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The University of Chicago Medicine - Comer Children's Hospital

Communication

In the beginning, your child may not be able to talk. The air that leaves your child's lungs goes out the trach and not through the vocal cords. This also means you will be unable to hear your child cry. However, in a short time, your child will be able to make noises and speak around his or her trach.

Some children learn to speak by covering the trach tube periodically with a finger or chin so air passes the trach and reaches the vocal chords to produce sound. A speaking valve--also known as a Passy Muir valve--may be used with a physician’s approval. Once approved, a speech therapist will help with the use of the speaking valve.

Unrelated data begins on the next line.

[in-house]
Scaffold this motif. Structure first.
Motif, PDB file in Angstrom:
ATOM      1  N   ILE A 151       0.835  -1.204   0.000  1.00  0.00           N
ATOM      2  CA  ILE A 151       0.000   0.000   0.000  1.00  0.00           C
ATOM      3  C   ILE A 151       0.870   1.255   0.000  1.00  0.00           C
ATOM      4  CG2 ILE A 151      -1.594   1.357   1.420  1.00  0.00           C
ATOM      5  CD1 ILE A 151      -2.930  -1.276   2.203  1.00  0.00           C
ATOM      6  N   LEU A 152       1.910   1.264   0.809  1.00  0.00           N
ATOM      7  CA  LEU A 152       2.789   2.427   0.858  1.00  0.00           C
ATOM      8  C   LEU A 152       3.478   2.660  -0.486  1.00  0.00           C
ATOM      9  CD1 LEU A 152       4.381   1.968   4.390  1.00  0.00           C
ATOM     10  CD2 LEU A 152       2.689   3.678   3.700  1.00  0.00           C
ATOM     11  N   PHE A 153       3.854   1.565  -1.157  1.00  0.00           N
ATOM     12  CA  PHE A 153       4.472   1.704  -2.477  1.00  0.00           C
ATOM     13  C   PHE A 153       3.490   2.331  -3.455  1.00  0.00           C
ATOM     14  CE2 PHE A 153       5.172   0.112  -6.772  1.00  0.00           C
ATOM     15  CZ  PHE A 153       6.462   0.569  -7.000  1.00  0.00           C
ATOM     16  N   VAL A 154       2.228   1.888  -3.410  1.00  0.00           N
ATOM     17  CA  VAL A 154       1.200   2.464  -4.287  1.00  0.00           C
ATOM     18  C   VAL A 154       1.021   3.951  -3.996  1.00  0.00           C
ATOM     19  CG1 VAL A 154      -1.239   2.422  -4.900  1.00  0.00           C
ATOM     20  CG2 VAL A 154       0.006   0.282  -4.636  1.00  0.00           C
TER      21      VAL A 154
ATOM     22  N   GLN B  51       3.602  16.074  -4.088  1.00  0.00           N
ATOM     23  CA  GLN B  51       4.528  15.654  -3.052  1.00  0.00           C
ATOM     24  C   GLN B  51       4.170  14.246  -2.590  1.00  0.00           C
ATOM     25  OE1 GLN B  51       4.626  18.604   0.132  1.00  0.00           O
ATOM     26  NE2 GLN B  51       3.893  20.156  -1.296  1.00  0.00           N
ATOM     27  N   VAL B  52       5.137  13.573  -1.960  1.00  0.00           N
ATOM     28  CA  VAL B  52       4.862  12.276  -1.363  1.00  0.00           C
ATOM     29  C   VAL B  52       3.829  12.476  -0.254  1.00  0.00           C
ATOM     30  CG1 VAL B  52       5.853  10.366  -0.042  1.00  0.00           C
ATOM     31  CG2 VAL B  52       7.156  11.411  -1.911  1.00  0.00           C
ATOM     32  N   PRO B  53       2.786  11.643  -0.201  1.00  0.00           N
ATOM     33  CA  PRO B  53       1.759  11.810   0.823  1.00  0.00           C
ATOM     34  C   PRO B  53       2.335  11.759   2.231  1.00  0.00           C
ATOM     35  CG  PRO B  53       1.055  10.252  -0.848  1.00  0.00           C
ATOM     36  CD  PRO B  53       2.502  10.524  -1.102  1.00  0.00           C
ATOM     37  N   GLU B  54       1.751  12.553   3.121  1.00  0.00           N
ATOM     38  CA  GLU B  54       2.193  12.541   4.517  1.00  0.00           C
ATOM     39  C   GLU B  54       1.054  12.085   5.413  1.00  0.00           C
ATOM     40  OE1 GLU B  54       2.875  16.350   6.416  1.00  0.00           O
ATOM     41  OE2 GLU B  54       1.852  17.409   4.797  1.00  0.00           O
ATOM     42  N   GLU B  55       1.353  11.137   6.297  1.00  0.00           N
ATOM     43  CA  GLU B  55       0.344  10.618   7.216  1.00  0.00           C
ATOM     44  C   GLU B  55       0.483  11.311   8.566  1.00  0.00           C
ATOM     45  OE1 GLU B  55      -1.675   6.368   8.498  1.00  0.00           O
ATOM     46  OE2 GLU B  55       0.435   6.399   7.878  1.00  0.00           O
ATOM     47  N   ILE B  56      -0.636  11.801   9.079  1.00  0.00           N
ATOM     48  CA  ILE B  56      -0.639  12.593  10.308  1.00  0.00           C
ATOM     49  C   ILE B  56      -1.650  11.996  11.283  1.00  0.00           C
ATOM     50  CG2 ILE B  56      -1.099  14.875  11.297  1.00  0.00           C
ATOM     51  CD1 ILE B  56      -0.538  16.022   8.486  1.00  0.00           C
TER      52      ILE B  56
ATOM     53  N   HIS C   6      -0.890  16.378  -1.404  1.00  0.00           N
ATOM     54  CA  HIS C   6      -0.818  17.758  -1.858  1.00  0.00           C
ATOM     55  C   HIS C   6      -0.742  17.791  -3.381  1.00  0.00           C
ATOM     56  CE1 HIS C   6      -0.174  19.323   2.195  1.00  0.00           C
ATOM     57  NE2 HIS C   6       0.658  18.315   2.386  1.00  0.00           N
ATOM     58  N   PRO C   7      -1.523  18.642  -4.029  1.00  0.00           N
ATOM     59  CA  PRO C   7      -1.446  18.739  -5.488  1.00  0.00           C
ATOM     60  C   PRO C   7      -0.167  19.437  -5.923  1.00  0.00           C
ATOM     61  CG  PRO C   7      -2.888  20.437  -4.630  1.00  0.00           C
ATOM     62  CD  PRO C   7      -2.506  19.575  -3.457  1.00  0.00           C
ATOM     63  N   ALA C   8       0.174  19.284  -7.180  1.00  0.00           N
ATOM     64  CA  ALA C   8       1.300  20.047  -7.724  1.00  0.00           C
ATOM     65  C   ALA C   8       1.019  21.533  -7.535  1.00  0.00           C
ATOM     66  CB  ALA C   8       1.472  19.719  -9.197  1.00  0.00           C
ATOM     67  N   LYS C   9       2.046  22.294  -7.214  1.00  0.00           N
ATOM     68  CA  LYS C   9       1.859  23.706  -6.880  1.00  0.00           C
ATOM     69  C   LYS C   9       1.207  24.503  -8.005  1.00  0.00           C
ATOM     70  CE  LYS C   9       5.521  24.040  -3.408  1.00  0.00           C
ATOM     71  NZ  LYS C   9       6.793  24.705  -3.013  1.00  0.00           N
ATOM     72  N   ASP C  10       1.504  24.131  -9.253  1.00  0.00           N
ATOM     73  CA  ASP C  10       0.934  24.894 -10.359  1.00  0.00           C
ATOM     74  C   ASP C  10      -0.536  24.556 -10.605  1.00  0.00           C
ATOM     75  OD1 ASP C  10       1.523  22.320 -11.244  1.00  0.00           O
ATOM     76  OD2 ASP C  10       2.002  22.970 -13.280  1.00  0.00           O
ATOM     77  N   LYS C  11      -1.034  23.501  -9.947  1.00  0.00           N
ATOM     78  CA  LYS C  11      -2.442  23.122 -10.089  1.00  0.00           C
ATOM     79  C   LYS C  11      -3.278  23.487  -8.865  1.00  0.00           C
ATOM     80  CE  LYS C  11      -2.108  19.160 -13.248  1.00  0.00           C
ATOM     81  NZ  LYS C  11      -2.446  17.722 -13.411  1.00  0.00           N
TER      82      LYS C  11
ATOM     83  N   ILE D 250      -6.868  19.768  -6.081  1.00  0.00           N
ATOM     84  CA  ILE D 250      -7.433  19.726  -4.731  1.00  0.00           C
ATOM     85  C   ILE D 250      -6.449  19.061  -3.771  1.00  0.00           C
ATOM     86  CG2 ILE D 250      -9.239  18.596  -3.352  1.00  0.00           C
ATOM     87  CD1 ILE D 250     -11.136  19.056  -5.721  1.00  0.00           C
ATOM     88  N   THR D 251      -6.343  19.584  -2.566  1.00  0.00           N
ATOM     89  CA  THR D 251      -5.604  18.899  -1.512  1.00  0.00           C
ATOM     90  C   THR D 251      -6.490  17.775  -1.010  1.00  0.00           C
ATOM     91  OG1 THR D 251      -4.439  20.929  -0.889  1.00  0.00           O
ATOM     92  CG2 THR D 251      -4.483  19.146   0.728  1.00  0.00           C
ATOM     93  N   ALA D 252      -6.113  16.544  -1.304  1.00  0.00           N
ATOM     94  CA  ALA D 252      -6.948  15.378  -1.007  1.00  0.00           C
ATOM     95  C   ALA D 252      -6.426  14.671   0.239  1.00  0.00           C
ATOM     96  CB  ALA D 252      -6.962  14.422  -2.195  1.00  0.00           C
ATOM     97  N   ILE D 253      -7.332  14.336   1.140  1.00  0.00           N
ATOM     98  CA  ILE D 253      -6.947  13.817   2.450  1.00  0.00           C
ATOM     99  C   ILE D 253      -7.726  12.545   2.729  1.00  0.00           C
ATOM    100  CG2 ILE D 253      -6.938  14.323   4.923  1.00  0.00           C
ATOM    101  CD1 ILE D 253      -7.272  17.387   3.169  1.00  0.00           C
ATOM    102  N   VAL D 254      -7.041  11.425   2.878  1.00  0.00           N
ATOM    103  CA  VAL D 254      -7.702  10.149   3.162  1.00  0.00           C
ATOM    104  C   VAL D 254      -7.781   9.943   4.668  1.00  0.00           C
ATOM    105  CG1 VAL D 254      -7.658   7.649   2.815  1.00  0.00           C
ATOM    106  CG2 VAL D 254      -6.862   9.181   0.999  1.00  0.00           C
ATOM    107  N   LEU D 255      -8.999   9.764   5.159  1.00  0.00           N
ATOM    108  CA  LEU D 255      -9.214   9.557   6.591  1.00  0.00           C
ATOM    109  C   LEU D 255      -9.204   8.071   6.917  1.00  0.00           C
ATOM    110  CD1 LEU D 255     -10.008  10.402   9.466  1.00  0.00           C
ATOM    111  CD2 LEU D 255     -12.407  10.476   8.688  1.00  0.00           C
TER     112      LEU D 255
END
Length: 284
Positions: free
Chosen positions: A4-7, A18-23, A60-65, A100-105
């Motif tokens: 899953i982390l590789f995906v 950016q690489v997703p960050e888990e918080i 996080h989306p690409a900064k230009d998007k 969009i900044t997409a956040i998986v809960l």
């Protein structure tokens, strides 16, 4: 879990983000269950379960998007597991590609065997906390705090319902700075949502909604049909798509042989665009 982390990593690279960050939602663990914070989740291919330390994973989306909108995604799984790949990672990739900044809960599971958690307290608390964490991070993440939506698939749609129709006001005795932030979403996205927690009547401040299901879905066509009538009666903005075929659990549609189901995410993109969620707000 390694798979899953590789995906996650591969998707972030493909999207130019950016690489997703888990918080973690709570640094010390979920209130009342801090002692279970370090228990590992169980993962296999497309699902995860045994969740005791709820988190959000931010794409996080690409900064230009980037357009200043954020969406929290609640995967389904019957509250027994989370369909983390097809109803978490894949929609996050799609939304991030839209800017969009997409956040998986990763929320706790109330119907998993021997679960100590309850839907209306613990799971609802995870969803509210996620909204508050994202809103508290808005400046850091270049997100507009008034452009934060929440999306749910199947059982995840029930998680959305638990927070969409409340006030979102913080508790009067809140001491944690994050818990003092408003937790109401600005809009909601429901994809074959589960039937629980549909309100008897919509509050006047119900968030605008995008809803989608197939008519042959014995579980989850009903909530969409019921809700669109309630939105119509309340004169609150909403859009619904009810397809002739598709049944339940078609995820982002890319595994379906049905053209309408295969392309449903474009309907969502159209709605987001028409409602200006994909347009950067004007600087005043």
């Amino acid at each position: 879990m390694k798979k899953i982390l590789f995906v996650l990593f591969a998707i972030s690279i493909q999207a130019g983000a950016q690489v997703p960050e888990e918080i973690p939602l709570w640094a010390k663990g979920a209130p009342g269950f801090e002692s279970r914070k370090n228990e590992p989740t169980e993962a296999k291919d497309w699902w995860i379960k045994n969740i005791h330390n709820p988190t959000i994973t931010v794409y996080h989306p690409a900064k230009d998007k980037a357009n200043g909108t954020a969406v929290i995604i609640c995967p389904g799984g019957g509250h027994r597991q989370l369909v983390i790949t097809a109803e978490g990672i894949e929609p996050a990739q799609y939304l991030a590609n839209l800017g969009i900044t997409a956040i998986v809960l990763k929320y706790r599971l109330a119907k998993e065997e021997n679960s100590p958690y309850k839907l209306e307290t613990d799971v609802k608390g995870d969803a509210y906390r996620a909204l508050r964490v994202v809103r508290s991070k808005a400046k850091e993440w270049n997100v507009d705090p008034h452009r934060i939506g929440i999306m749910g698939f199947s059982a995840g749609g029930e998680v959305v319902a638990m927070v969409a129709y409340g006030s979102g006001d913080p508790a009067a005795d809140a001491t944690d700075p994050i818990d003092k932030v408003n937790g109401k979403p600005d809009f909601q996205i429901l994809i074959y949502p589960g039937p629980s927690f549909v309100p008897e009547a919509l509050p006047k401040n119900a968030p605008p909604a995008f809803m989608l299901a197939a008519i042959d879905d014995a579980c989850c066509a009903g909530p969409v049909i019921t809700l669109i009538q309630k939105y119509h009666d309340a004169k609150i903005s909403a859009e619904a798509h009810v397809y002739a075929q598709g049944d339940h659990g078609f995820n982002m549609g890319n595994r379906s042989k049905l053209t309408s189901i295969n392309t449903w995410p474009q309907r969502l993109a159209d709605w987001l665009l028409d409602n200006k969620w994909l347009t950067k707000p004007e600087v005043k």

Another option is for you and your child to learn sign language. Consult your child's physician or speech therapist. You should also supply older children with pencil and paper, horns, or bells to ease communication strain.

To help develop language skills, it is important to read stories, sing songs, point out names of objects in the environment, play music, and watch television with your child.